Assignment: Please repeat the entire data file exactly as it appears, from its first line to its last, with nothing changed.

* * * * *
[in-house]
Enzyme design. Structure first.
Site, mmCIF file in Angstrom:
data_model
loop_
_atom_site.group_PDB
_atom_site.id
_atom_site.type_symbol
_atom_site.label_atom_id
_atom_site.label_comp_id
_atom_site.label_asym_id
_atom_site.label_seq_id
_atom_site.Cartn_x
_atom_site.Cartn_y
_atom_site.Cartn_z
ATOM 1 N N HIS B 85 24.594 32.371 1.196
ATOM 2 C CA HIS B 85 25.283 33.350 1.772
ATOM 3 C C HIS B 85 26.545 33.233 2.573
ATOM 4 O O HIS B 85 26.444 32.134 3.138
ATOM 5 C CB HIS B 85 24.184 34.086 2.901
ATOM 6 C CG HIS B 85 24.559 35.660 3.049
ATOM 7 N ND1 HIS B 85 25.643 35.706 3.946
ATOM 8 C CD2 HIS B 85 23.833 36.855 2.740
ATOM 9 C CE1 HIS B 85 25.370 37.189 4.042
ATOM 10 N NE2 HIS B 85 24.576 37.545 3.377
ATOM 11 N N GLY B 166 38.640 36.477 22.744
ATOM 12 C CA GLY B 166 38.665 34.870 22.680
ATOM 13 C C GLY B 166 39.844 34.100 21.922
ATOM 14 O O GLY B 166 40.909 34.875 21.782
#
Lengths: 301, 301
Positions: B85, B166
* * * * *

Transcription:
[in-house]
Enzyme design. Structure first.
Site, mmCIF file in Angstrom:
data_model
loop_
_atom_site.group_PDB
_atom_site.id
_atom_site.type_symbol
_atom_site.label_atom_id
_atom_site.label_comp_id
_atom_site.label_asym_id
_atom_site.label_seq_id
_atom_site.Cartn_x
_atom_site.Cartn_y
_atom_site.Cartn_z
ATOM 1 N N HIS B 85 24.594 32.371 1.196
ATOM 2 C CA HIS B 85 25.283 33.350 1.772
ATOM 3 C C HIS B 85 26.545 33.233 2.573
ATOM 4 O O HIS B 85 26.444 32.134 3.138
ATOM 5 C CB HIS B 85 24.184 34.086 2.901
ATOM 6 C CG HIS B 85 24.559 35.660 3.049
ATOM 7 N ND1 HIS B 85 25.643 35.706 3.946
ATOM 8 C CD2 HIS B 85 23.833 36.855 2.740
ATOM 9 C CE1 HIS B 85 25.370 37.189 4.042
ATOM 10 N NE2 HIS B 85 24.576 37.545 3.377
ATOM 11 N N GLY B 166 38.640 36.477 22.744
ATOM 12 C CA GLY B 166 38.665 34.870 22.680
ATOM 13 C C GLY B 166 39.844 34.100 21.922
ATOM 14 O O GLY B 166 40.909 34.875 21.782
#
Lengths: 301, 301
Positions: B85, B166